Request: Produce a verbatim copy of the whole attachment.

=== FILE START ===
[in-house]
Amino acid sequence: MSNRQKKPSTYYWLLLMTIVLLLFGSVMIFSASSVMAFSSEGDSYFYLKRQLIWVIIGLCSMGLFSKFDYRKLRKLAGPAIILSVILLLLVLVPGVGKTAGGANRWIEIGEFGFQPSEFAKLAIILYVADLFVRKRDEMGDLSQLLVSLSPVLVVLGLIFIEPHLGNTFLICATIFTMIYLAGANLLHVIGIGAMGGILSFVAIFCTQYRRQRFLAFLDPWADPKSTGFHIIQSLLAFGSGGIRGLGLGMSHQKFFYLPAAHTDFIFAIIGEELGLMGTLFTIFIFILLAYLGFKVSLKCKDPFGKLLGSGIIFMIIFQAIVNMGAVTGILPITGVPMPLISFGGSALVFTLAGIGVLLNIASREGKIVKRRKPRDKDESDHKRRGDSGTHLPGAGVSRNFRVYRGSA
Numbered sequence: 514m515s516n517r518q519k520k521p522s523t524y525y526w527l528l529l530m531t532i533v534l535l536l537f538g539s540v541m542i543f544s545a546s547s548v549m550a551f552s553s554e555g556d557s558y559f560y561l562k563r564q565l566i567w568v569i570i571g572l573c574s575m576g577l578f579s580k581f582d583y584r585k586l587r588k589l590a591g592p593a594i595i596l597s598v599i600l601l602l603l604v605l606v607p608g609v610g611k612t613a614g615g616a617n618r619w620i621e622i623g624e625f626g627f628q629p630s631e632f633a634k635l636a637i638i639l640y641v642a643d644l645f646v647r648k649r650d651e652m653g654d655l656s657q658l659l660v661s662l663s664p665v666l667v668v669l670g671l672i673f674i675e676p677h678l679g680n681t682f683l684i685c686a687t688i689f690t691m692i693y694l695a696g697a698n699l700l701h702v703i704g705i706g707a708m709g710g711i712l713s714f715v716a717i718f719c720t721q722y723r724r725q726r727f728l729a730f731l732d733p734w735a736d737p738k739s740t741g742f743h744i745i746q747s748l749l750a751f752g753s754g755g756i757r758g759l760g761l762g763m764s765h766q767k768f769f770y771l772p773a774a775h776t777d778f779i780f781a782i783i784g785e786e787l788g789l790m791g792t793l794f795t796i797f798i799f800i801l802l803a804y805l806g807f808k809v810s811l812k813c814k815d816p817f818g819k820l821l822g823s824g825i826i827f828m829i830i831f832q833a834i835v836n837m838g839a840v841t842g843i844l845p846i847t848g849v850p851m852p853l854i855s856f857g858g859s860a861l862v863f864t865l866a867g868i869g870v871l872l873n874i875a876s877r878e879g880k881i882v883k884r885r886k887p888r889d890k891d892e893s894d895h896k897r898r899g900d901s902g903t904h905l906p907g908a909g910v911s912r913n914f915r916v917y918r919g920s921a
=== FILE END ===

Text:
[in-house]
Amino acid sequence: MSNRQKKPSTYYWLLLMTIVLLLFGSVMIFSASSVMAFSSEGDSYFYLKRQLIWVIIGLCSMGLFSKFDYRKLRKLAGPAIILSVILLLLVLVPGVGKTAGGANRWIEIGEFGFQPSEFAKLAIILYVADLFVRKRDEMGDLSQLLVSLSPVLVVLGLIFIEPHLGNTFLICATIFTMIYLAGANLLHVIGIGAMGGILSFVAIFCTQYRRQRFLAFLDPWADPKSTGFHIIQSLLAFGSGGIRGLGLGMSHQKFFYLPAAHTDFIFAIIGEELGLMGTLFTIFIFILLAYLGFKVSLKCKDPFGKLLGSGIIFMIIFQAIVNMGAVTGILPITGVPMPLISFGGSALVFTLAGIGVLLNIASREGKIVKRRKPRDKDESDHKRRGDSGTHLPGAGVSRNFRVYRGSA
Numbered sequence: 514m515s516n517r518q519k520k521p522s523t524y525y526w527l528l529l530m531t532i533v534l535l536l537f538g539s540v541m542i543f544s545a546s547s548v549m550a551f552s553s554e555g556d557s558y559f560y561l562k563r564q565l566i567w568v569i570i571g572l573c574s575m576g577l578f579s580k581f582d583y584r585k586l587r588k589l590a591g592p593a594i595i596l597s598v599i600l601l602l603l604v605l606v607p608g609v610g611k612t613a614g615g616a617n618r619w620i621e622i623g624e625f626g627f628q629p630s631e632f633a634k635l636a637i638i639l640y641v642a643d644l645f646v647r648k649r650d651e652m653g654d655l656s657q658l659l660v661s662l663s664p665v666l667v668v669l670g671l672i673f674i675e676p677h678l679g680n681t682f683l684i685c686a687t688i689f690t691m692i693y694l695a696g697a698n699l700l701h702v703i704g705i706g707a708m709g710g711i712l713s714f715v716a717i718f719c720t721q722y723r724r725q726r727f728l729a730f731l732d733p734w735a736d737p738k739s740t741g742f743h744i745i746q747s748l749l750a751f752g753s754g755g756i757r758g759l760g761l762g763m764s765h766q767k768f769f770y771l772p773a774a775h776t777d778f779i780f781a782i783i784g785e786e787l788g789l790m791g792t793l794f795t796i797f798i799f800i801l802l803a804y805l806g807f808k809v810s811l812k813c814k815d816p817f818g819k820l821l822g823s824g825i826i827f828m829i830i831f832q833a834i835v836n837m838g839a840v841t842g843i844l845p846i847t848g849v850p851m852p853l854i855s856f857g858g859s860a861l862v863f864t865l866a867g868i869g870v871l872l873n874i875a876s877r878e879g880k881i882v883k884r885r886k887p888r889d890k891d892e893s894d895h896k897r898r899g900d901s902g903t904h905l906p907g908a909g910v911s912r913n914f915r916v917y918r919g920s921a